Italian researchers have discovered a molecule that prevents cystic fibrosis patients’ anti-inflammatory and anti-bacterial defenses from working as well as they should.
Scientists may be able to target the molecule, microRNA-181, to develop CF therapies.
The team published their study in the journal Nature. The title is “MicroRNA-181b is increased in cystic fibrosis cells and impairs lipoxin A4 receptor-dependent mechanisms of inflammation resolution and antimicrobial defense.”
CF is a life-threatening genetic disease. It is caused by mutations of the CFTR gene that produce faulty versions of an essential protein, or too little of the protein. The protein is cystic fibrosis transmembrane conductance regulator, or CFTR.
The protein plays a key role in the production of sweat, digestive fluids, and mucus in the lungs and other parts of the body. Abnormal versions of CFTR, or too little of it, lead to a salt imbalance that causes a buildup of thick and sticky mucus that can obstruct the airways. This promotes abnormally high levels of inflammation and bacterial infections, leading to lung damage and scarring, or fibrosis.
The mechanisms that limit the severity and duration of inflammation, and promote its resolution, are thought to be defective in CF patients. LXA4 is a protein involved in these mechanisms. It fights inflammation by binding to a protein receptor called ALX/FPR2. Children with CF have low levels of LXA4.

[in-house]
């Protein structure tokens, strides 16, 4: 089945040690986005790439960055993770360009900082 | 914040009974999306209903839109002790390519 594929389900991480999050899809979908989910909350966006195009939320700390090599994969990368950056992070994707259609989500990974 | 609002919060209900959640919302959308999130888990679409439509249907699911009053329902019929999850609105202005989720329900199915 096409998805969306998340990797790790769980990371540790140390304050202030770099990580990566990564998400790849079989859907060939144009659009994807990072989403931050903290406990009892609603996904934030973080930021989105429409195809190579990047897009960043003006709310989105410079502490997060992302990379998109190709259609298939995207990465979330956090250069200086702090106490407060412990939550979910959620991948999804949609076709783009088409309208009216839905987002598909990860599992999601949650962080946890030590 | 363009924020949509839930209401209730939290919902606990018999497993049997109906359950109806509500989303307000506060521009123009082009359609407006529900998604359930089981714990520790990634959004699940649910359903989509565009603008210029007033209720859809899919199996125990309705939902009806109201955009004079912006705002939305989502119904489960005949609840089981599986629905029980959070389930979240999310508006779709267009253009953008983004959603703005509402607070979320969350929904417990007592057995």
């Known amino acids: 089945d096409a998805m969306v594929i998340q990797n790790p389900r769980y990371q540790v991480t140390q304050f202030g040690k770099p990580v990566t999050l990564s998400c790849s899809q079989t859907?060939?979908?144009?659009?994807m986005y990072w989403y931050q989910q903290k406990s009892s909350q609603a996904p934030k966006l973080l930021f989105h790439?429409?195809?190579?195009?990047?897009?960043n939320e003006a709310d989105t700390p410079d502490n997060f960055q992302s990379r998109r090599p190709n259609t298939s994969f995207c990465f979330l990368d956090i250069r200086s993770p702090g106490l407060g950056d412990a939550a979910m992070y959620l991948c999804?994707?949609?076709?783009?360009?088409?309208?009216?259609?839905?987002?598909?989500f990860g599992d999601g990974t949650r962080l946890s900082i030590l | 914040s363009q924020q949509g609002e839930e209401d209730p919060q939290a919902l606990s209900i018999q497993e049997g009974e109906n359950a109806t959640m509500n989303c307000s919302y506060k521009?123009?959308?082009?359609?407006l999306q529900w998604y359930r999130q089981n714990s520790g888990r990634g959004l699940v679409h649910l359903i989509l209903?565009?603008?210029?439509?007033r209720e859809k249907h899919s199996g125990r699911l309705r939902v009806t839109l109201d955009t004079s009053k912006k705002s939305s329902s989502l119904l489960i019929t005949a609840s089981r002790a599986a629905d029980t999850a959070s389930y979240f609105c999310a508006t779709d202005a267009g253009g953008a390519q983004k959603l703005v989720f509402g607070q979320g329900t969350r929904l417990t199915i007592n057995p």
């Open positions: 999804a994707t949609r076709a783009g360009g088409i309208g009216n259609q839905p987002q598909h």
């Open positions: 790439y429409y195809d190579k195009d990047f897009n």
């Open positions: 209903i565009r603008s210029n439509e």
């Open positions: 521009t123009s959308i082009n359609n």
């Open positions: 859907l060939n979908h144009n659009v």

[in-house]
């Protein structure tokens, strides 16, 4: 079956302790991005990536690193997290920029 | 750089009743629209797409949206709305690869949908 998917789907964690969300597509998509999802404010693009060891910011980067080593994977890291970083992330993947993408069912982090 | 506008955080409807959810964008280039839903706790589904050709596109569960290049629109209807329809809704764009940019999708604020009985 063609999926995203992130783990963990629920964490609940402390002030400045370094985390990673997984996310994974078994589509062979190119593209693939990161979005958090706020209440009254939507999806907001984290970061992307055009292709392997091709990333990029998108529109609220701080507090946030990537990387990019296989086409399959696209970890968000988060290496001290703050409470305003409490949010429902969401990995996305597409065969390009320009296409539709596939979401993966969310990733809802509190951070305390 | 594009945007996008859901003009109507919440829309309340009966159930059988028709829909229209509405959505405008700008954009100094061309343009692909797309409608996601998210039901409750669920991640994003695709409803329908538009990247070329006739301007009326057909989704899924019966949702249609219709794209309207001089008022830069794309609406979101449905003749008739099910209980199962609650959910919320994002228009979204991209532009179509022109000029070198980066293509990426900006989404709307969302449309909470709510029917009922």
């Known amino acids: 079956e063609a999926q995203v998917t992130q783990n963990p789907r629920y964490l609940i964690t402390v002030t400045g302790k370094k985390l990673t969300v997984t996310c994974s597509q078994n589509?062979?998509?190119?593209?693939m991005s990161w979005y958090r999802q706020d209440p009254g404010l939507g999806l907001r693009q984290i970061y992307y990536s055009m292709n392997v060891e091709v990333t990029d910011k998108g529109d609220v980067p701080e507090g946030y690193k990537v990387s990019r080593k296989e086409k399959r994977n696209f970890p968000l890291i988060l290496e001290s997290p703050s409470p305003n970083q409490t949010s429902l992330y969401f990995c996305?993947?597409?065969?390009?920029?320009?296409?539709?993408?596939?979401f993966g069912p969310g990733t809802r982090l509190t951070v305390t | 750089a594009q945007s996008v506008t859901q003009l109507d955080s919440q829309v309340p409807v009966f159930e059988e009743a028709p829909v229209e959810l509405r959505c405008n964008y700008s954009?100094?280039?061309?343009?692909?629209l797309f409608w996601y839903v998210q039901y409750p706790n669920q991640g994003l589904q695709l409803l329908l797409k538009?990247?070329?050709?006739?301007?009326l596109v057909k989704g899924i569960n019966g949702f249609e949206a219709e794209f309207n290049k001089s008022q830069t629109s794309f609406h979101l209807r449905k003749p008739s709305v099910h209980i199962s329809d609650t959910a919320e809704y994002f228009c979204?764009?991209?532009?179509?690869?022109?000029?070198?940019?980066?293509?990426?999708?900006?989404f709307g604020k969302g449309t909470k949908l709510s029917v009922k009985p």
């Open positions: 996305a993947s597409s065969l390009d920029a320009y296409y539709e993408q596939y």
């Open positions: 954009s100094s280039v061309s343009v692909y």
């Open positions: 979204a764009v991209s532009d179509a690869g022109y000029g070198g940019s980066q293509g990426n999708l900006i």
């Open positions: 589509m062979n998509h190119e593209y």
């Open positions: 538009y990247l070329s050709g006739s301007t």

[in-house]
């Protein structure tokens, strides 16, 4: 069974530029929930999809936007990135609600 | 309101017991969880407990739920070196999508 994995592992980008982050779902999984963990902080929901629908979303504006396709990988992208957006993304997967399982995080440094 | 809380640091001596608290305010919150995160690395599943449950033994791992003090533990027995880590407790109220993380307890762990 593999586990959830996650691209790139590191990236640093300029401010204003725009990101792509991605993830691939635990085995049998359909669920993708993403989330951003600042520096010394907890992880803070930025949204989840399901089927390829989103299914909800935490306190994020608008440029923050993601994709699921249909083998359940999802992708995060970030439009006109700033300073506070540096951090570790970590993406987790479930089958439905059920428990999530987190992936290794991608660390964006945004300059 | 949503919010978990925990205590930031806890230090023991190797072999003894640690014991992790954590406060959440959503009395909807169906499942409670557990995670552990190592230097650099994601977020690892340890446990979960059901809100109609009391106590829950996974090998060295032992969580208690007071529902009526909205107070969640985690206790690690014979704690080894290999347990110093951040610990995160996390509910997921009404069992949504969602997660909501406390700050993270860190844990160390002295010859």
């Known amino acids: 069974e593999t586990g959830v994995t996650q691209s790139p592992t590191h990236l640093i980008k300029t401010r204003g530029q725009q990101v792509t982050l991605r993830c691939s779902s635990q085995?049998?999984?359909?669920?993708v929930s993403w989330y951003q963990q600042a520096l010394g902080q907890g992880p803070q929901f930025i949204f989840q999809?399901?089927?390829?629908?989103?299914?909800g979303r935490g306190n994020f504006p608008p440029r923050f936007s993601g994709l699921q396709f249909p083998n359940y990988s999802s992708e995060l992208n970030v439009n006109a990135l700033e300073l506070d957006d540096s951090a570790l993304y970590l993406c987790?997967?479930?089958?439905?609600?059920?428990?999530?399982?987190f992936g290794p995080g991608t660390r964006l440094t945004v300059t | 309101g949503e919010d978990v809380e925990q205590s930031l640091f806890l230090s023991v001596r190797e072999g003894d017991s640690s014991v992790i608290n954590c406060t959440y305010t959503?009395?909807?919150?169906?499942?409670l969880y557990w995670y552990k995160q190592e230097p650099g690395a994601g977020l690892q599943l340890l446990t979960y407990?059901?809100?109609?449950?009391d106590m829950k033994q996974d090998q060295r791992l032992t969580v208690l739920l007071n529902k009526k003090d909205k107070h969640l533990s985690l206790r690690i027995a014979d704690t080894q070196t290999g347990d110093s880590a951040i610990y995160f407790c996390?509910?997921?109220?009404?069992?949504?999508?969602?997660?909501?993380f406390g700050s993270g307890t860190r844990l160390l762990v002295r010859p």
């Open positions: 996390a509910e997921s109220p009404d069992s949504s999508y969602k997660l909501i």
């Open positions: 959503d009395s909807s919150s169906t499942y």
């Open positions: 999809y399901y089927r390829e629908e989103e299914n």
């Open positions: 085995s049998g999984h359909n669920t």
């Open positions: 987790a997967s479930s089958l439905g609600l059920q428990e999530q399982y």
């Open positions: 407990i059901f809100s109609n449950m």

MicroRNAs, or miRNAs, are small molecules of RNA that regulate genes’ production of protein. Researchers had previously discovered that miR-181b inhibits the ALX/FPR2 receptor, preventing the receptor’s anti-inflammatory activity.
The Italian team decided to see if miR-181b would inhibit the receptor in two cell models of CF. They looked at bronchial lung tissue and macrophages — immune cells that promote inflammation to defend the body against invaders — from both CF patients and healthy people.
They discovered that CF patients’ cells had higher levels of miR-181b than healthy people, leading to lower levels of ALX/FPR2. This meant that miR-181b impaired ALX/FPR2’s anti-inflammatory capability in the CF cells.
When the team added an miR-181b inhibitor to the cells, ALX/FPR2 levels increased, enhancing LXA4’s anti-inflammatory activity.
The team also discovered that CFTR, the protein that is defective in CF patients. controlled miR-181b levels. This suggested a link between CFTR and the mechanisms that control inflammation.
“We uncovered the upregulation of miR-181b in CF cells, which contributes to impair the endogenous anti-inflammatory, anti-microbial defense pathway centered on the ALX/FPR2 receptor,” the researchers wrote.
“Thus, targeting miR-181b may represent a novel strategy to enhance anti-inflammatory and anti-microbial defense mechanisms in CF,” they added.
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